Speaking to the Financial Times, he said he was determined to “bring a dose of financial discipline” to the deeply loss-making company, which reported losses of $1.5bn in Q3 2017.
“For now we are going to be disciplined in how we run the business, we are going to be seeking opportunities to go and engineer cost out of the system,” he explained. “But we are also going to be super-aggressive in terms of growth. Both are possible.”
Harford, who was formerly the CEO of travel company Orbitz, also revealed that Uber would handle more than 4bn rides this year – for the first time, surpassing the number of passenger airline trips taken globally.
That statistic alone emphasises the rapid rate at which Uber has grown since its formation just eight years ago, yet its wide spread across more than 600 markets has also created problems.
Its numerous markets have typically operated with a high degree of autonomy, leading to operational “silos” and inefficiencies that Harford wants to clear up.
Marketing spend – including the promotions, discounts and subsidies offered to drivers and riders – is another area that has tended to be controlled by local Uber markets.
This also needs reform, Harford indicated, as he said he planned to introduce a more methodical approach to discounts and promotions, which “may not have the short-term sugar high” of the deals Uber was known for in the past.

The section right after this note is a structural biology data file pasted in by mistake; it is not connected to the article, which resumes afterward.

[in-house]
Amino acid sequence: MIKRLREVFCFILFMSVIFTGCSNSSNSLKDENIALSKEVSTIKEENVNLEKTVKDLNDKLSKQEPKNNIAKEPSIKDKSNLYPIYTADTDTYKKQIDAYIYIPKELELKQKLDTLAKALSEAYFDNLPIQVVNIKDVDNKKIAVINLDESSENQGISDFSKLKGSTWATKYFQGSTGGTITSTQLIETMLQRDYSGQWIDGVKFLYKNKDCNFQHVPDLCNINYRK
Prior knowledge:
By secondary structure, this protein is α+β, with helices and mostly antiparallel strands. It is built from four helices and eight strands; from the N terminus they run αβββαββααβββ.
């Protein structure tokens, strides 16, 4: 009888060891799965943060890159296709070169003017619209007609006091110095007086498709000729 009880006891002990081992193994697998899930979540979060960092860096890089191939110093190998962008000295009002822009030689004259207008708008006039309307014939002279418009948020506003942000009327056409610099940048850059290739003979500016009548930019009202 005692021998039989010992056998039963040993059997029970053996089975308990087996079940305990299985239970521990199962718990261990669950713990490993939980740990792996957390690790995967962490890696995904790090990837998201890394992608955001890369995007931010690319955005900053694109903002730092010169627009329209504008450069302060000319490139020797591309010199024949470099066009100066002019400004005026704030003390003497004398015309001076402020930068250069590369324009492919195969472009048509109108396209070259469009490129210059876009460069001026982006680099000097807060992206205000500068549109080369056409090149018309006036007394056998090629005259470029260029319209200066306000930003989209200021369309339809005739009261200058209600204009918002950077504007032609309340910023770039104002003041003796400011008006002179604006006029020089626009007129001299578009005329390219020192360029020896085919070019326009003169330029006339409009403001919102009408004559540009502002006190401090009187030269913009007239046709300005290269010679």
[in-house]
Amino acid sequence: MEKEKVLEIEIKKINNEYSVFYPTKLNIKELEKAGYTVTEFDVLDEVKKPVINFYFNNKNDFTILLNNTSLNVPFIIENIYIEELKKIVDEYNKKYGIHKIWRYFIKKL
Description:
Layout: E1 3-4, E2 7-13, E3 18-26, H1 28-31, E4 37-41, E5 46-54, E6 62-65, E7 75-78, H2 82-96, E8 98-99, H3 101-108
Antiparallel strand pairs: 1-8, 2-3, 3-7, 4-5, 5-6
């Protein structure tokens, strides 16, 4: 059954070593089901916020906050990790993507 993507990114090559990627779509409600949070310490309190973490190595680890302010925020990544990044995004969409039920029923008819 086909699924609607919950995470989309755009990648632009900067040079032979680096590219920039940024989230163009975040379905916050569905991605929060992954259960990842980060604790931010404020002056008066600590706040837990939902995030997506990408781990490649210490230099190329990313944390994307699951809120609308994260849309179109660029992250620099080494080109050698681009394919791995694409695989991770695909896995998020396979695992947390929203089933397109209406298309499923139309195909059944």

Instead, he said he would concentrate on deals that generate more loyalty among drivers and riders. “This is a business that has been run week to week,” he said. “What we really care about is enhancing our performance in the medium to long term.”
Meanwhile, quite apart from the internal challenges Uber faces, the threat from one of its main competitors moved up a gear after Didi Chuxing, the Chinese ride-hailing group, announced a new round of investment funding worth $4bn.
According to “people close to the matter”, the new investors include Japanese communications group SoftBank and Mubadala Capital of Abu Dhabi.
The Financial Times further reported that the investment will help Didi pay for a huge fleet of one million new-energy cars as it seeks to challenge Uber across international markets.
Sourced from Financial Times; additional content by WARC staff